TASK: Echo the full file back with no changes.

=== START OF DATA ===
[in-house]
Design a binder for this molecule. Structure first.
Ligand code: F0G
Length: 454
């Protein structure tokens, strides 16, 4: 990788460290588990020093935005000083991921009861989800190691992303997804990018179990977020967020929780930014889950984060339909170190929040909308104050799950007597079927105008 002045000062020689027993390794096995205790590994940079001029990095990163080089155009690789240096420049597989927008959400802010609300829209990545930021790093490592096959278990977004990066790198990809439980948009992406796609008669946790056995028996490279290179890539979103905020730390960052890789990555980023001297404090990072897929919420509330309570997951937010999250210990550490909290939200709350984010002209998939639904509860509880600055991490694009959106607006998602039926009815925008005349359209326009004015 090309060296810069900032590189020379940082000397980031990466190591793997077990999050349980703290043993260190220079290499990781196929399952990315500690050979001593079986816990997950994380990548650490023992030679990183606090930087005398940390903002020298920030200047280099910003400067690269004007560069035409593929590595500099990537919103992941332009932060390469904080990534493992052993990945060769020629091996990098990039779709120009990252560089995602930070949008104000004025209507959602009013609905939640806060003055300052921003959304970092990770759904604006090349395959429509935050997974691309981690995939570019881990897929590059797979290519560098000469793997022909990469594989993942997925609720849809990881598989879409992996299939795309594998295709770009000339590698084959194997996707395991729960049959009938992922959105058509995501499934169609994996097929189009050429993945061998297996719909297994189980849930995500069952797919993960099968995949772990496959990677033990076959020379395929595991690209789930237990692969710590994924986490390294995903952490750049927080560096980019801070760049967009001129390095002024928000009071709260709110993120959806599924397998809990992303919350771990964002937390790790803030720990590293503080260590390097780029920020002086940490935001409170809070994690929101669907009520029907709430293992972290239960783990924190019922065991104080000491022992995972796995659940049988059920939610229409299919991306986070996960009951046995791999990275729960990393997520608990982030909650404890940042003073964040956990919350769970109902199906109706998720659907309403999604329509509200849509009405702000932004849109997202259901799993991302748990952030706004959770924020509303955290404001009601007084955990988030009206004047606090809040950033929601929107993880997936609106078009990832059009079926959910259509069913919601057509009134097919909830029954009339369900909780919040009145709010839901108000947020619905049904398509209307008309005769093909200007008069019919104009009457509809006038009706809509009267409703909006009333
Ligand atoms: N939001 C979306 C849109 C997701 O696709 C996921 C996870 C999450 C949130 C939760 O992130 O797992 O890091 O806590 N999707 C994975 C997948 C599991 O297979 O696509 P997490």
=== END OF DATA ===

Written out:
[in-house]
Design a binder for this molecule. Structure first.
Ligand code: F0G
Length: 454
């Protein structure tokens, strides 16, 4: 990788460290588990020093935005000083991921009861989800190691992303997804990018179990977020967020929780930014889950984060339909170190929040909308104050799950007597079927105008 002045000062020689027993390794096995205790590994940079001029990095990163080089155009690789240096420049597989927008959400802010609300829209990545930021790093490592096959278990977004990066790198990809439980948009992406796609008669946790056995028996490279290179890539979103905020730390960052890789990555980023001297404090990072897929919420509330309570997951937010999250210990550490909290939200709350984010002209998939639904509860509880600055991490694009959106607006998602039926009815925008005349359209326009004015 090309060296810069900032590189020379940082000397980031990466190591793997077990999050349980703290043993260190220079290499990781196929399952990315500690050979001593079986816990997950994380990548650490023992030679990183606090930087005398940390903002020298920030200047280099910003400067690269004007560069035409593929590595500099990537919103992941332009932060390469904080990534493992052993990945060769020629091996990098990039779709120009990252560089995602930070949008104000004025209507959602009013609905939640806060003055300052921003959304970092990770759904604006090349395959429509935050997974691309981690995939570019881990897929590059797979290519560098000469793997022909990469594989993942997925609720849809990881598989879409992996299939795309594998295709770009000339590698084959194997996707395991729960049959009938992922959105058509995501499934169609994996097929189009050429993945061998297996719909297994189980849930995500069952797919993960099968995949772990496959990677033990076959020379395929595991690209789930237990692969710590994924986490390294995903952490750049927080560096980019801070760049967009001129390095002024928000009071709260709110993120959806599924397998809990992303919350771990964002937390790790803030720990590293503080260590390097780029920020002086940490935001409170809070994690929101669907009520029907709430293992972290239960783990924190019922065991104080000491022992995972796995659940049988059920939610229409299919991306986070996960009951046995791999990275729960990393997520608990982030909650404890940042003073964040956990919350769970109902199906109706998720659907309403999604329509509200849509009405702000932004849109997202259901799993991302748990952030706004959770924020509303955290404001009601007084955990988030009206004047606090809040950033929601929107993880997936609106078009990832059009079926959910259509069913919601057509009134097919909830029954009339369900909780919040009145709010839901108000947020619905049904398509209307008309005769093909200007008069019919104009009457509809006038009706809509009267409703909006009333
Ligand atoms: N939001 C979306 C849109 C997701 O696709 C996921 C996870 C999450 C949130 C939760 O992130 O797992 O890091 O806590 N999707 C994975 C997948 C599991 O297979 O696509 P997490």